No constitutional right to free knowledge


As a new resident to [East] Tennessee, I was sitting in Bud’s Coffee Shop in Oak Ridge, waiting for my order, as I stumbled across the Sept. 13 issue of The Courier News.

Flipping to the Opinion page, I began reading Mr. Kevin Powers’ polemic against library book selection processes.

I was rather astounded by three facets of this piece.

First, as a self-proclaimed educator, Mr. Powers wrote unprofessionally, both in style and content, lambasting and deriding parents concerned about the books available to their children and chiding that “intellectual freedom” is a “scary phrase for our friends on the right.”

Regardless of one’s opinion, dialogue should be kept respectful, especially if you are in the business of public service.

How one can insinuate that his opposition is stupid, while in the same article claiming “to stand up against ugliness,” and expect to convince any open-minded person, is a question to seriously ponder.

Second, Mr. Powers conflated “library overseers” with “right-wing extremist hate groups.” In reality, the desire to censor is a bipartisan trait, as I expect most non-partisans would readily admit.

The Twitter Files demonstrate that both the Biden and Trump administrations illegally influenced a private company to censor political opponents. In the recent court case Missouri v. Joseph R. Biden (Case No. 3:22-CV-01213), Judge Terry Doughty ordered the HHS, NIAID, CDC, FBI, DOJ, DHS, and many individuals in Biden’s administration to stop illegally contacting social media companies.

While some conservatives seek to ban liberal books, New York University houses a list of books banned for alleged racism, such as Huckleberry Finn, Beloved, Gone With the Wind, and The Words of César Chávez.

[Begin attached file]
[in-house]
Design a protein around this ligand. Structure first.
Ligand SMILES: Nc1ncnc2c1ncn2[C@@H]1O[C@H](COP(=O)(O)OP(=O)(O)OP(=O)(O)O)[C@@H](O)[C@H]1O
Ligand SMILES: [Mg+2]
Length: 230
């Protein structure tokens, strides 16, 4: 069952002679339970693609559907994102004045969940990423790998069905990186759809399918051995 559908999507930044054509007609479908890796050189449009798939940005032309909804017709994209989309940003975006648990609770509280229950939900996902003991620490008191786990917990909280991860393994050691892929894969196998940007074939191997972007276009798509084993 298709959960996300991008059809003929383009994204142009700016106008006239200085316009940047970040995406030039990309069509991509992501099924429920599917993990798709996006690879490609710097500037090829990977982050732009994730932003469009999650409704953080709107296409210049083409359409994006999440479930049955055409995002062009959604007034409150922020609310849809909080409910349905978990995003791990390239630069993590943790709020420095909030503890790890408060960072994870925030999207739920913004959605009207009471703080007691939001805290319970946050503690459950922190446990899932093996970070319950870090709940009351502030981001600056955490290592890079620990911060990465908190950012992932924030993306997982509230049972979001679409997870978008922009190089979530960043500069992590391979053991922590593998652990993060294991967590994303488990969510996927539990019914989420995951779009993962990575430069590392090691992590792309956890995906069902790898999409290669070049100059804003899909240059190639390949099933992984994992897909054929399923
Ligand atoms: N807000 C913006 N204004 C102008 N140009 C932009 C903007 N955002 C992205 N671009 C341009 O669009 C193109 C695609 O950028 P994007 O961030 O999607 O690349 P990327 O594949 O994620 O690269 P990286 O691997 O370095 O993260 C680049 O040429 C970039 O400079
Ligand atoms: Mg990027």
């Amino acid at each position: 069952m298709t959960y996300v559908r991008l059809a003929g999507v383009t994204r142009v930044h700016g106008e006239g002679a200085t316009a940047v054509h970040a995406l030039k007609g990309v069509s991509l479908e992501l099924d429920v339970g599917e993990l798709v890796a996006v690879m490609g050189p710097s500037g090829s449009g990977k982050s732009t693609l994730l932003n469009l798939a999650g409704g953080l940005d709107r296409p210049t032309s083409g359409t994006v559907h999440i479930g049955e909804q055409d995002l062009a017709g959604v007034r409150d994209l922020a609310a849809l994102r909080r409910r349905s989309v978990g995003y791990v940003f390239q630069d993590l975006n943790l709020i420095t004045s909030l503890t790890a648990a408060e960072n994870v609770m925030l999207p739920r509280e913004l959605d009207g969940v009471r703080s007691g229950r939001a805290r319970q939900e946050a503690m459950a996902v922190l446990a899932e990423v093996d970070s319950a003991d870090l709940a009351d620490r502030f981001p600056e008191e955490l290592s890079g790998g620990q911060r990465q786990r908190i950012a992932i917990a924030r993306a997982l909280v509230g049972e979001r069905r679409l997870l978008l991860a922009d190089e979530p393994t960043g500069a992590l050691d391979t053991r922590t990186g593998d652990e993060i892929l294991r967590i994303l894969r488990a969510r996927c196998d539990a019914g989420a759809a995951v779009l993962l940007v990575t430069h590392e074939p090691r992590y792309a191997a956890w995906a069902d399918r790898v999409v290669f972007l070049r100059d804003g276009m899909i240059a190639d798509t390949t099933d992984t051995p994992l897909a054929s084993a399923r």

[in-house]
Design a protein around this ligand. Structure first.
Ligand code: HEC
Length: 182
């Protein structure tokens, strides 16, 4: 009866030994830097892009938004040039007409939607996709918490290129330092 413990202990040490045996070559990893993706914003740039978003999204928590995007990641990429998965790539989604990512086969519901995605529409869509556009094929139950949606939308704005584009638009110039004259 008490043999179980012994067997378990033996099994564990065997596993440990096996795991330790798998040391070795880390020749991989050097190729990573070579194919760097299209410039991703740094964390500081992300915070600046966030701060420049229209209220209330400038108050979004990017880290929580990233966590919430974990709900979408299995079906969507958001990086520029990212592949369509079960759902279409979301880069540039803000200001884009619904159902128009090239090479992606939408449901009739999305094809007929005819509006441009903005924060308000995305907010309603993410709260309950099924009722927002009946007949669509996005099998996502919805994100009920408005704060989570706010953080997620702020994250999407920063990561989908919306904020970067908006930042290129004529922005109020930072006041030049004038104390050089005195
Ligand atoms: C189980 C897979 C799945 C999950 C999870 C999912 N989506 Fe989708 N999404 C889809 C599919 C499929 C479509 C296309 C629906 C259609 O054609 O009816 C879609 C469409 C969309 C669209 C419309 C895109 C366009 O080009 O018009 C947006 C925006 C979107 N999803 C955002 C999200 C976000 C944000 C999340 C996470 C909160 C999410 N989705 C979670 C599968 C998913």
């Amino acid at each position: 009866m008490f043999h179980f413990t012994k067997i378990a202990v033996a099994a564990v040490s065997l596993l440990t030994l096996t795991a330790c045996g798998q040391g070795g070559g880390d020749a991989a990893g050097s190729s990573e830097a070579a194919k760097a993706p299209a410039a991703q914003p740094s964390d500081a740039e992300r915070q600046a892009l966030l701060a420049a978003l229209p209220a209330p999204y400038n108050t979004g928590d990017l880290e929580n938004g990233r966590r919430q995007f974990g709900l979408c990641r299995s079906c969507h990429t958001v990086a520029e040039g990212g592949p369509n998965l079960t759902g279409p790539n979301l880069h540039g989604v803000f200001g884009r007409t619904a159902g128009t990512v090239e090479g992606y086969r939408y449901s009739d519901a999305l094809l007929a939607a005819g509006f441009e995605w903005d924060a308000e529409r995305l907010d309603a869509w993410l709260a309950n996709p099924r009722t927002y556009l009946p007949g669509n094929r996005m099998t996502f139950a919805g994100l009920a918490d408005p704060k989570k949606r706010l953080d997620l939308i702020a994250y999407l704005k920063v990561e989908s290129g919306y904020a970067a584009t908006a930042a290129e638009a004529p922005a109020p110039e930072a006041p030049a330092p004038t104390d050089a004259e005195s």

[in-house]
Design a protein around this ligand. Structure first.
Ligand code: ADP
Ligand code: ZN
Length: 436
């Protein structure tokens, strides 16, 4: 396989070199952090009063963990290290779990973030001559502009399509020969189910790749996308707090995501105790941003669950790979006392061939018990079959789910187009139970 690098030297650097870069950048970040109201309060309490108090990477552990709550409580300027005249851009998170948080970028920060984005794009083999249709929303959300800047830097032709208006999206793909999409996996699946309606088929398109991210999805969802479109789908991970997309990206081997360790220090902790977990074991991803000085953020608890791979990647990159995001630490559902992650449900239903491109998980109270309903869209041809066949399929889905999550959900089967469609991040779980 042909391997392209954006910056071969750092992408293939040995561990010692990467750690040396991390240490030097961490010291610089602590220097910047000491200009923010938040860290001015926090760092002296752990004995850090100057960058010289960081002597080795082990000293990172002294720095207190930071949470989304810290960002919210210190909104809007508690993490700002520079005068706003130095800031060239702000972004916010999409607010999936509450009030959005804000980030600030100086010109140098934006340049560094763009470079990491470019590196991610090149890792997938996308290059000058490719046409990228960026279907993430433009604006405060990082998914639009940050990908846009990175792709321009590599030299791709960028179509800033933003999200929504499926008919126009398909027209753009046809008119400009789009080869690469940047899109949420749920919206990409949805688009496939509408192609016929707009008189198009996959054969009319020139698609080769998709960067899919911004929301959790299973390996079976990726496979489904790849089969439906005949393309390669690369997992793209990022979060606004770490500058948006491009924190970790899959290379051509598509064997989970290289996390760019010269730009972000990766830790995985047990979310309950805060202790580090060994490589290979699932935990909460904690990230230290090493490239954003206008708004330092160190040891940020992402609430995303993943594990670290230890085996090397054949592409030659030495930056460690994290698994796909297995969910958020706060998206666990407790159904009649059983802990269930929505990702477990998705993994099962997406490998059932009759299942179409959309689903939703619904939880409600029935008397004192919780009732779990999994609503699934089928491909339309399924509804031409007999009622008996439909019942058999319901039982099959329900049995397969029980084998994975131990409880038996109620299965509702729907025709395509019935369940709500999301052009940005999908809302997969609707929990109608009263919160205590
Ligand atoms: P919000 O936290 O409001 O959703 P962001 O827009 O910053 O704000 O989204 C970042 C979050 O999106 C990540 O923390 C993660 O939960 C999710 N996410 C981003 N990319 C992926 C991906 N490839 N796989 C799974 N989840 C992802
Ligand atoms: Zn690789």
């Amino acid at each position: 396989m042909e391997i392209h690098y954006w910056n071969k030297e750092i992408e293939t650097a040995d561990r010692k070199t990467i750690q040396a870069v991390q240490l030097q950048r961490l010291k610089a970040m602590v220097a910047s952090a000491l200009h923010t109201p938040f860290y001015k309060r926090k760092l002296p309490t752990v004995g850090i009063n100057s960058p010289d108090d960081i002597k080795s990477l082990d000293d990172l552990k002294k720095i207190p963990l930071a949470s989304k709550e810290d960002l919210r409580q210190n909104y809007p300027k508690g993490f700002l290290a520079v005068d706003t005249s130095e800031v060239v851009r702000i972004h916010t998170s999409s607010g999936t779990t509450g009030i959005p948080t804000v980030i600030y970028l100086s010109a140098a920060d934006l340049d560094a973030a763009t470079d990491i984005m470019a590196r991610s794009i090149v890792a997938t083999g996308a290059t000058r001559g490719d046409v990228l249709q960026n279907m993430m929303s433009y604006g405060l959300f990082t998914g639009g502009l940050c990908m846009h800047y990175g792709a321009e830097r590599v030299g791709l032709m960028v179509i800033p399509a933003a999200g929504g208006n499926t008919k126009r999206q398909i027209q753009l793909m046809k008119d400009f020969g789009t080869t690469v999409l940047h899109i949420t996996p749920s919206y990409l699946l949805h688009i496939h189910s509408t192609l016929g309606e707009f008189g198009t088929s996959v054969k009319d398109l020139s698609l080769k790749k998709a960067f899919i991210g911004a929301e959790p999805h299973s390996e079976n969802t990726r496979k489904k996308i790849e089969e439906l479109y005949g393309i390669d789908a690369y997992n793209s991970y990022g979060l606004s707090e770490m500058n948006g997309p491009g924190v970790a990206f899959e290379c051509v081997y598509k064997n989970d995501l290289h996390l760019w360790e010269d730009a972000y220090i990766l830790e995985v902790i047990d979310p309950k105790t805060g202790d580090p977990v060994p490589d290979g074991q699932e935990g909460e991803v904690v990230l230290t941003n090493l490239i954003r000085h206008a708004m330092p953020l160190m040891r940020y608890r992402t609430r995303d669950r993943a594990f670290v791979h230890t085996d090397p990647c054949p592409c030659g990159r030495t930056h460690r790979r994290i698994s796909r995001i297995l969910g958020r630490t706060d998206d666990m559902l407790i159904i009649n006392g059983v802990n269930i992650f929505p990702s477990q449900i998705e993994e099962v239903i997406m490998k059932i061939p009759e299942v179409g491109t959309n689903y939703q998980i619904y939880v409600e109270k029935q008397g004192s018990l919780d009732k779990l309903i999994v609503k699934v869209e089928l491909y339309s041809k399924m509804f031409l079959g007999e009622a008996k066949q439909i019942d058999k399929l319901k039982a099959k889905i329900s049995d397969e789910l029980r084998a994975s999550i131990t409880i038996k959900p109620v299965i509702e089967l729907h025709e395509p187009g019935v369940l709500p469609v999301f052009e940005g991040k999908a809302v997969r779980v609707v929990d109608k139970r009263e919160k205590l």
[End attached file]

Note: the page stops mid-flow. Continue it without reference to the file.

I highly doubt “right-wing extremist hate groups” were the ones beckoning to ban Mark Twain.

Finally, and most importantly, Mr. Powers preached a flawed interpretation of the First Amendment. Mr. Powers stated, “Americans decided that the intellectual freedoms enshrined in the First Amendment were indeed guaranteed.

“As a society, ‘We the People’ said that the public shall always have the latest books made available to them, by them, for free, no matter who they are or what they believe.”

This distorted rendering of the First Amendment appears to represent a philosophy of “freedom to speech” instead of the protected “freedom of speech.” No where in the Constitution is there a right to freely access intellectual property, and never was it decided that libraries “shall always have the latest books made available to them, by them, for free.”

One can understand Mr. Powers’ reasoning: If the government decides to carry one book and not another, it is effectively promoting certain types of speech.

However, this isn’t unconstitutional, even at the federal level. The principle of neutrality in the First Amendment is clearly found in the Establishment Clause, which concerns “respecting an establishment of religion”; it is unrelated to free speech.

If the neutrality clause applied to political ideologies, the president would not be able to give partisan speeches to the press, or Congress; but clearly he does, and he has a right to.

At a more basic level, consider the implications of what neutrality towards speech, at every level of the government, would imply. If the library offers one book, then [it] should be required to offer every book in existence, lest [it] restrict access to free knowledge.

By this logic, our local library should be forced to house books denying the Holocaust and promoting slavery.

We should see Mein Kempf on every shelf.

We should see rows and rows of books written in Greek, Hebrew, Hindi, and Old Norse. This isn’t just impractical, it’s physically impossible, and completely undesirable.

If a parent, in their own home, wanted to raise their children with traditional values, they should not be forced to read their child homosexual children’s books.

I have not yet personally met someone who disagrees with this. Why then should that parent be forced to pay to house books contrary to their worldview, and accessible to their child?

The community library, by necessity having to restrict resources in a world constrained by physical limitations, should be tuned to the desire of the community.

That is how democracy works. Likewise, if a community wanted to house books that promote homosexual behavior, or modern values, that is the prerogative and right of said community, but they have no right to force that upon ours.

Anthony Rosa